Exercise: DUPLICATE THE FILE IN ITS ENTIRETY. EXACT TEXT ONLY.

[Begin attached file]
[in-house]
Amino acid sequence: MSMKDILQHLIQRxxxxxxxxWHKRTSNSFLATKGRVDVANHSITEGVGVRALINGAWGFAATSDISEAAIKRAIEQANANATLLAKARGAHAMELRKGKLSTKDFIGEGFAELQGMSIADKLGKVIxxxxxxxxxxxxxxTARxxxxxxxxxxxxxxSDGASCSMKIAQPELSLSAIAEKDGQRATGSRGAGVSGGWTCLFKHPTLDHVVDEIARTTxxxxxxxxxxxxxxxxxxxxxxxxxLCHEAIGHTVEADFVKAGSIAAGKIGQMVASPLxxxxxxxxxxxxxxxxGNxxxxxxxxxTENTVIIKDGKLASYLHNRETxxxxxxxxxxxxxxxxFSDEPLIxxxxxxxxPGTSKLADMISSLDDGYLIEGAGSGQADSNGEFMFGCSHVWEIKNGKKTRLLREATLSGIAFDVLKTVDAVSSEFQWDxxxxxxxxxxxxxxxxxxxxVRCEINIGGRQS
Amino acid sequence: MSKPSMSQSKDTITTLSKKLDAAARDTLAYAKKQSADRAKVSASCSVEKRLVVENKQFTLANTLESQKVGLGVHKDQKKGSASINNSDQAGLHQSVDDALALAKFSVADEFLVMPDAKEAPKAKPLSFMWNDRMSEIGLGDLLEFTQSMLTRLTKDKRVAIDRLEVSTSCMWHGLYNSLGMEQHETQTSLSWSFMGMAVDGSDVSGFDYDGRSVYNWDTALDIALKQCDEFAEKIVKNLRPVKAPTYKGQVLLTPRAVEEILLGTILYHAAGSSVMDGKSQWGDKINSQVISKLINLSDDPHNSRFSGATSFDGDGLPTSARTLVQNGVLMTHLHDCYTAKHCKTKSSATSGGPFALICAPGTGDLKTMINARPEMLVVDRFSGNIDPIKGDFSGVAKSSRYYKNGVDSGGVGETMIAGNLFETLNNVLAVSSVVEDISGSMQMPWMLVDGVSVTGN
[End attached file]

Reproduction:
[in-house]
Amino acid sequence: MSMKDILQHLIQRxxxxxxxxWHKRTSNSFLATKGRVDVANHSITEGVGVRALINGAWGFAATSDISEAAIKRAIEQANANATLLAKARGAHAMELRKGKLSTKDFIGEGFAELQGMSIADKLGKVIxxxxxxxxxxxxxxTARxxxxxxxxxxxxxxSDGASCSMKIAQPELSLSAIAEKDGQRATGSRGAGVSGGWTCLFKHPTLDHVVDEIARTTxxxxxxxxxxxxxxxxxxxxxxxxxLCHEAIGHTVEADFVKAGSIAAGKIGQMVASPLxxxxxxxxxxxxxxxxGNxxxxxxxxxTENTVIIKDGKLASYLHNRETxxxxxxxxxxxxxxxxFSDEPLIxxxxxxxxPGTSKLADMISSLDDGYLIEGAGSGQADSNGEFMFGCSHVWEIKNGKKTRLLREATLSGIAFDVLKTVDAVSSEFQWDxxxxxxxxxxxxxxxxxxxxVRCEINIGGRQS
Amino acid sequence: MSKPSMSQSKDTITTLSKKLDAAARDTLAYAKKQSADRAKVSASCSVEKRLVVENKQFTLANTLESQKVGLGVHKDQKKGSASINNSDQAGLHQSVDDALALAKFSVADEFLVMPDAKEAPKAKPLSFMWNDRMSEIGLGDLLEFTQSMLTRLTKDKRVAIDRLEVSTSCMWHGLYNSLGMEQHETQTSLSWSFMGMAVDGSDVSGFDYDGRSVYNWDTALDIALKQCDEFAEKIVKNLRPVKAPTYKGQVLLTPRAVEEILLGTILYHAAGSSVMDGKSQWGDKINSQVISKLINLSDDPHNSRFSGATSFDGDGLPTSARTLVQNGVLMTHLHDCYTAKHCKTKSSATSGGPFALICAPGTGDLKTMINARPEMLVVDRFSGNIDPIKGDFSGVAKSSRYYKNGVDSGGVGETMIAGNLFETLNNVLAVSSVVEDISGSMQMPWMLVDGVSVTGN